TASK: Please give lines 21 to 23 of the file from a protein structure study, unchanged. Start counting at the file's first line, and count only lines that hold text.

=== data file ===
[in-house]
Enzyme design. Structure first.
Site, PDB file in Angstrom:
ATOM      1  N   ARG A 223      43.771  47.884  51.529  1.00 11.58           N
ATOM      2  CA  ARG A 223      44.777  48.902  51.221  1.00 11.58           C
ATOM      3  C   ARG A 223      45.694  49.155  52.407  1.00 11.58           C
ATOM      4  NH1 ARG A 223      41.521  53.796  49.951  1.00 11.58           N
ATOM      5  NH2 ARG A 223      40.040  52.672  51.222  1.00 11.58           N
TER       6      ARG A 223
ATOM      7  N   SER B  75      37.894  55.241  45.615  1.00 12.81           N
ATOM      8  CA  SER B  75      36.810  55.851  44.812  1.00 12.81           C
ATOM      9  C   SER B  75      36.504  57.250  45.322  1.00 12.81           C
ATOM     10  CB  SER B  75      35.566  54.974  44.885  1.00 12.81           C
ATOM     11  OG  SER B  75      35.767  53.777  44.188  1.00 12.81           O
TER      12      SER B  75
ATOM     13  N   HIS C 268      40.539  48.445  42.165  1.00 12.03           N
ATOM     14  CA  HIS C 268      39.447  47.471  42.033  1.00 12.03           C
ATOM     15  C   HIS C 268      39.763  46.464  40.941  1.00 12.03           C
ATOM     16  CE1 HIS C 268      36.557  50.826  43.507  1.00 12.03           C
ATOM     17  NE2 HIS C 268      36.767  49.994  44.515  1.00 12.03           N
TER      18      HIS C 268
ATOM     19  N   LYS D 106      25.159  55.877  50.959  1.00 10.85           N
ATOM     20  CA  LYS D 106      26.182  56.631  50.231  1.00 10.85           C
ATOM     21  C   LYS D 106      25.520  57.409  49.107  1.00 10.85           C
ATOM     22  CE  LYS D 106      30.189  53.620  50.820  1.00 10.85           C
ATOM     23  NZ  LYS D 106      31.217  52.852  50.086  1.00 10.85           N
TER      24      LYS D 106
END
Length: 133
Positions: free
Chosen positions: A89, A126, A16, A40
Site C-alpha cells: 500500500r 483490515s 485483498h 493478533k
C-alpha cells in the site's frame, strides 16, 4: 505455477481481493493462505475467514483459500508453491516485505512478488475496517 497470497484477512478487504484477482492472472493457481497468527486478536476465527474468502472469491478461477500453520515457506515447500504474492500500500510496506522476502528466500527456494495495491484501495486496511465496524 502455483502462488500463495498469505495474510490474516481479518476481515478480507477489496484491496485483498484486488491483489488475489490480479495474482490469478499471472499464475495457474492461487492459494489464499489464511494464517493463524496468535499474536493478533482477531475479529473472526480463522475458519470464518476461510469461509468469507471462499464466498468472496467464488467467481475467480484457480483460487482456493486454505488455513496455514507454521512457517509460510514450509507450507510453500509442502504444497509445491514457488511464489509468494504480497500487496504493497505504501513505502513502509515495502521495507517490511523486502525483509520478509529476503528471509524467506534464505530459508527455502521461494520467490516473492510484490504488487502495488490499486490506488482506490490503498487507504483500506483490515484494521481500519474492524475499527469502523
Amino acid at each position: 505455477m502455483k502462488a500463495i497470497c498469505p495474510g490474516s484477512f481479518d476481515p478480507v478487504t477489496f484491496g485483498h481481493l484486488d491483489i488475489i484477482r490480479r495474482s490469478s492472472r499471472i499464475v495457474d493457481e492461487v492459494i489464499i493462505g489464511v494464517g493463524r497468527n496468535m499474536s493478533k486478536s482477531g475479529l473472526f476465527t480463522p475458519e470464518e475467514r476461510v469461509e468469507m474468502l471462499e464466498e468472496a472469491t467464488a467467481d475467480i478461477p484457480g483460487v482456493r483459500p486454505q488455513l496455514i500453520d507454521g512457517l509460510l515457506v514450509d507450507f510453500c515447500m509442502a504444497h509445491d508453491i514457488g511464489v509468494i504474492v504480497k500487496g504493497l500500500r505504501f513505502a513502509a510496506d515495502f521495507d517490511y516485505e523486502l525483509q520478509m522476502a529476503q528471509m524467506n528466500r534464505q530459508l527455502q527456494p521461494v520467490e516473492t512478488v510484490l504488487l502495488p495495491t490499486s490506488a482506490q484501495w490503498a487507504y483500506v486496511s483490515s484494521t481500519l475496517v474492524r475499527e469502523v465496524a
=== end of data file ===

TER      18      HIS C 268
ATOM     19  N   LYS D 106      25.159  55.877  50.959  1.00 10.85           N
ATOM     20  CA  LYS D 106      26.182  56.631  50.231  1.00 10.85           C